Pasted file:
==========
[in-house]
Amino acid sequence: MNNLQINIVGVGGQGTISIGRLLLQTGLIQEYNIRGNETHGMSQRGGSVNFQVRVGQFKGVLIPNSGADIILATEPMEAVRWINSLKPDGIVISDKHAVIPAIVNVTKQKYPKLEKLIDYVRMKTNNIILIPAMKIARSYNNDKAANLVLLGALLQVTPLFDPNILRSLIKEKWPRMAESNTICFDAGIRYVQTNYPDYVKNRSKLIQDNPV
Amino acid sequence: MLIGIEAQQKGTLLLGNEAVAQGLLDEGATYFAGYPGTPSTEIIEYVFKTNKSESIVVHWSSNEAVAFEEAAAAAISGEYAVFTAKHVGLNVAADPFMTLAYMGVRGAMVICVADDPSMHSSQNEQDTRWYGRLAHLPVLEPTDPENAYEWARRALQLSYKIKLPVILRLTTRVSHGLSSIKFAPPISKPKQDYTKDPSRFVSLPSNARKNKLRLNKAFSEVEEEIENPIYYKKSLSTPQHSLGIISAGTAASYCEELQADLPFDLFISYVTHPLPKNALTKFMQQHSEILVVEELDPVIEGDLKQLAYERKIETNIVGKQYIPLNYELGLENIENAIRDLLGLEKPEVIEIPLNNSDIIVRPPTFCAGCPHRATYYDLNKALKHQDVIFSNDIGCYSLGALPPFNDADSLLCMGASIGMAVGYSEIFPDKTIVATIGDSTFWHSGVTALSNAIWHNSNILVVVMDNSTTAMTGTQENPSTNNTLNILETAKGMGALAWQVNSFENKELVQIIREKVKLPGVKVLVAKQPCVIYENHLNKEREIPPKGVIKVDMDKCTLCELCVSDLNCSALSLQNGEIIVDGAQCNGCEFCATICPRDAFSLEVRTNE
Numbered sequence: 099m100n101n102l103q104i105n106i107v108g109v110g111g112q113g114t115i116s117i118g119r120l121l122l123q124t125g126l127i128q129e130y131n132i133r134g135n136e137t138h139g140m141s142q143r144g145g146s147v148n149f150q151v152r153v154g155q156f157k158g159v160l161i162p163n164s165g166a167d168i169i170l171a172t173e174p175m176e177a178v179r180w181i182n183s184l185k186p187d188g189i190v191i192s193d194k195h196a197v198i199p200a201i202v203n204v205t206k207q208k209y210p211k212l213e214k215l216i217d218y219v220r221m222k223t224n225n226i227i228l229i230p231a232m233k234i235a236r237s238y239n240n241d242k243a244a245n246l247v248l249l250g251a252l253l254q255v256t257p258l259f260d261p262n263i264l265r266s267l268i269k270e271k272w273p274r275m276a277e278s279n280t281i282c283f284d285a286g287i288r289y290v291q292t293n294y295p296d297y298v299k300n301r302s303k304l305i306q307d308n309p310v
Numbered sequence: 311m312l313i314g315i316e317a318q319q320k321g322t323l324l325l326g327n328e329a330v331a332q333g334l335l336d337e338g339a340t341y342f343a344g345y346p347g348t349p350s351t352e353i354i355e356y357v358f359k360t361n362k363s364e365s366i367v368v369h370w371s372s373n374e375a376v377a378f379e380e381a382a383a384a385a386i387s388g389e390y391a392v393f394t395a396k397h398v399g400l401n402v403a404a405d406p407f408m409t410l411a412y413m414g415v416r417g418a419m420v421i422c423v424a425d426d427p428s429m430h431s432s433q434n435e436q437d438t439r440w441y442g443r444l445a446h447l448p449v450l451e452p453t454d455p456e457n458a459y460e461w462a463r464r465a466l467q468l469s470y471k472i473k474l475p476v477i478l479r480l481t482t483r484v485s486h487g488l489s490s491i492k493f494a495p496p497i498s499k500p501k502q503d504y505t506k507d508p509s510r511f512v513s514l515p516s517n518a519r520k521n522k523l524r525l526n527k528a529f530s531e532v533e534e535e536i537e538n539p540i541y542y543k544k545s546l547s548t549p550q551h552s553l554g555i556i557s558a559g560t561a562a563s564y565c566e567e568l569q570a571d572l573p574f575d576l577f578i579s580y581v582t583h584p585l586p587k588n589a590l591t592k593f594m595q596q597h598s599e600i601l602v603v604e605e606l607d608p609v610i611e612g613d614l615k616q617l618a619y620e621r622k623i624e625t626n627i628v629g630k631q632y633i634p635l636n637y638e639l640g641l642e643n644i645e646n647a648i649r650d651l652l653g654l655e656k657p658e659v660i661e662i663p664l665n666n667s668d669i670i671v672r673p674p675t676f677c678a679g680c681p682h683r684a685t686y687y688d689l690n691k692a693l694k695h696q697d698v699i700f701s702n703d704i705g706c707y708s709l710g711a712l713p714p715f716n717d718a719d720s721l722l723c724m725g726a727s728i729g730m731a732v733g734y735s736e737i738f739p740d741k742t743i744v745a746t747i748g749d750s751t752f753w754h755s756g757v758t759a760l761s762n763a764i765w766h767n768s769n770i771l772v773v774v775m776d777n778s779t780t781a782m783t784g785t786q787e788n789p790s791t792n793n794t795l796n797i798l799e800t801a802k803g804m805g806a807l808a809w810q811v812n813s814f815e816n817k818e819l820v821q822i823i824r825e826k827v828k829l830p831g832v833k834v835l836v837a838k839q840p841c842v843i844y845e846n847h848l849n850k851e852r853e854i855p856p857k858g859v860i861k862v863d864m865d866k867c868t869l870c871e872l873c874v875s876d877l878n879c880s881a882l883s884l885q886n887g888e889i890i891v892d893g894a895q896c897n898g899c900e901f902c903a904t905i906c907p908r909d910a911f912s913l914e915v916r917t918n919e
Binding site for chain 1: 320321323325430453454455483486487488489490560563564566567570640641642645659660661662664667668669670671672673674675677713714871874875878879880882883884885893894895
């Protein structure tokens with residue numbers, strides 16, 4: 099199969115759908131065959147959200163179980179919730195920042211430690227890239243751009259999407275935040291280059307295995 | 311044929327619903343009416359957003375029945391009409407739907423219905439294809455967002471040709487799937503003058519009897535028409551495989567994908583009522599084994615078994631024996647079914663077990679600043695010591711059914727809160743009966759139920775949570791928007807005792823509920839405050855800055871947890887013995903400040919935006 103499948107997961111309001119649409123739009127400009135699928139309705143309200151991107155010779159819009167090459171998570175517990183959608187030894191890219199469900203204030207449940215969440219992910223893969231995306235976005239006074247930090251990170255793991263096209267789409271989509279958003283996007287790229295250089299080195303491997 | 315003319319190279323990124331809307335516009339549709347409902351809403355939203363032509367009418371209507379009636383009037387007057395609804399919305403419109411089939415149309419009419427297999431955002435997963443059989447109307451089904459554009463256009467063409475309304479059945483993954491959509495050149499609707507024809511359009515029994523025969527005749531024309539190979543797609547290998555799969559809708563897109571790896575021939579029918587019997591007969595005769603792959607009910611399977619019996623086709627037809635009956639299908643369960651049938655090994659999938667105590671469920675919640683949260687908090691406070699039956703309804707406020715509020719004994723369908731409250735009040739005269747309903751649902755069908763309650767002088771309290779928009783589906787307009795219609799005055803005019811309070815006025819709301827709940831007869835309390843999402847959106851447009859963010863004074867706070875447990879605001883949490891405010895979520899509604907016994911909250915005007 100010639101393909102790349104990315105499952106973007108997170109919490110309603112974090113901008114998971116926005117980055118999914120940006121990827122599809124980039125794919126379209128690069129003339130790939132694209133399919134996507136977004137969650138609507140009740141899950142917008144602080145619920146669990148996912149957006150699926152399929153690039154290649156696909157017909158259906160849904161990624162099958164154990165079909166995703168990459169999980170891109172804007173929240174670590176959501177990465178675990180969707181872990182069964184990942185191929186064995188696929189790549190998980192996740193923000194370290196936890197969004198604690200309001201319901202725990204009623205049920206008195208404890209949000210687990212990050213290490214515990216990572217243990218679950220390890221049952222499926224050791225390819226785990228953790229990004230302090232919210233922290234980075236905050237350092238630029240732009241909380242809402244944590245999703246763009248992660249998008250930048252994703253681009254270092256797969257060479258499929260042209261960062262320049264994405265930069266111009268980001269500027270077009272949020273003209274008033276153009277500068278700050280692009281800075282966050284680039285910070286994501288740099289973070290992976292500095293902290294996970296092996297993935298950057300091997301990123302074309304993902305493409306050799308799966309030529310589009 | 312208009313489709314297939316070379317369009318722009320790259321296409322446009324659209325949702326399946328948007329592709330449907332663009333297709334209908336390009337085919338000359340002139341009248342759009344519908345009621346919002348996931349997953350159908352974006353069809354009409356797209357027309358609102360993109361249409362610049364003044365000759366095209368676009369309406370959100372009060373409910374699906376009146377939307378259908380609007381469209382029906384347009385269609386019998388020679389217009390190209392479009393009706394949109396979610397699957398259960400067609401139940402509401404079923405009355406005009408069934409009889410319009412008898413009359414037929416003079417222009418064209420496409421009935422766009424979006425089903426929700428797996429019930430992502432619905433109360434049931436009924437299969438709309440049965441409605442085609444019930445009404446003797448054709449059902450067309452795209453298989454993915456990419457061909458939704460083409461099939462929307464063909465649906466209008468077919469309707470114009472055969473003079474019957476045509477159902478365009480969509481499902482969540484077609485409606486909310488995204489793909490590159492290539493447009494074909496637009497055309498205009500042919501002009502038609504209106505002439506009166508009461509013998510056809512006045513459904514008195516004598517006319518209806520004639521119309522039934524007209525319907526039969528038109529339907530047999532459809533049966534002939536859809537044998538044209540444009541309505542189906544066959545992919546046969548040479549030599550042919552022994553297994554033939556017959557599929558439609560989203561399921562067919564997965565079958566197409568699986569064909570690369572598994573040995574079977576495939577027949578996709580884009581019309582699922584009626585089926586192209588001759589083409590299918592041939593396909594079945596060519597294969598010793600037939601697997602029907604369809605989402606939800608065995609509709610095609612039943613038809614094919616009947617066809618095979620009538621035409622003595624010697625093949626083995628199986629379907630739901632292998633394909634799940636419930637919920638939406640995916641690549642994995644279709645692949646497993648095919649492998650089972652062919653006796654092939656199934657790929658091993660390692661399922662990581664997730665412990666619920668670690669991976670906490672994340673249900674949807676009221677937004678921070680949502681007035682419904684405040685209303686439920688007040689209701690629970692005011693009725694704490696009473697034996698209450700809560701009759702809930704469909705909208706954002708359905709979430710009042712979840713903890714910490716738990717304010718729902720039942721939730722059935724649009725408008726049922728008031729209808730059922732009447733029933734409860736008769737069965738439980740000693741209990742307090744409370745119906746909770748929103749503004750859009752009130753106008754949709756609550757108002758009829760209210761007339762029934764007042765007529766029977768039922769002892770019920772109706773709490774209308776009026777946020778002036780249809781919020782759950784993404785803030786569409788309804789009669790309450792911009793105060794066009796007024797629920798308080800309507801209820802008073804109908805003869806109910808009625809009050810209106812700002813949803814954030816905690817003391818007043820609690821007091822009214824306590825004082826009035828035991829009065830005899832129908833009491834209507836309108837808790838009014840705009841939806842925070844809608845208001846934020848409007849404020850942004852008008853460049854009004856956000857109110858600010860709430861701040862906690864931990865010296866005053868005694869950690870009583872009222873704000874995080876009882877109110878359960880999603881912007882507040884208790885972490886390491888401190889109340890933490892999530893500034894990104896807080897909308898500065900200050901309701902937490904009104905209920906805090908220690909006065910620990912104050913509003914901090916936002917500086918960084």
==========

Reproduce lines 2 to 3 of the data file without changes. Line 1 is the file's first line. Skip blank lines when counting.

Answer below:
Amino acid sequence: MNNLQINIVGVGGQGTISIGRLLLQTGLIQEYNIRGNETHGMSQRGGSVNFQVRVGQFKGVLIPNSGADIILATEPMEAVRWINSLKPDGIVISDKHAVIPAIVNVTKQKYPKLEKLIDYVRMKTNNIILIPAMKIARSYNNDKAANLVLLGALLQVTPLFDPNILRSLIKEKWPRMAESNTICFDAGIRYVQTNYPDYVKNRSKLIQDNPV
Amino acid sequence: MLIGIEAQQKGTLLLGNEAVAQGLLDEGATYFAGYPGTPSTEIIEYVFKTNKSESIVVHWSSNEAVAFEEAAAAAISGEYAVFTAKHVGLNVAADPFMTLAYMGVRGAMVICVADDPSMHSSQNEQDTRWYGRLAHLPVLEPTDPENAYEWARRALQLSYKIKLPVILRLTTRVSHGLSSIKFAPPISKPKQDYTKDPSRFVSLPSNARKNKLRLNKAFSEVEEEIENPIYYKKSLSTPQHSLGIISAGTAASYCEELQADLPFDLFISYVTHPLPKNALTKFMQQHSEILVVEELDPVIEGDLKQLAYERKIETNIVGKQYIPLNYELGLENIENAIRDLLGLEKPEVIEIPLNNSDIIVRPPTFCAGCPHRATYYDLNKALKHQDVIFSNDIGCYSLGALPPFNDADSLLCMGASIGMAVGYSEIFPDKTIVATIGDSTFWHSGVTALSNAIWHNSNILVVVMDNSTTAMTGTQENPSTNNTLNILETAKGMGALAWQVNSFENKELVQIIREKVKLPGVKVLVAKQPCVIYENHLNKEREIPPKGVIKVDMDKCTLCELCVSDLNCSALSLQNGEIIVDGAQCNGCEFCATICPRDAFSLEVRTNE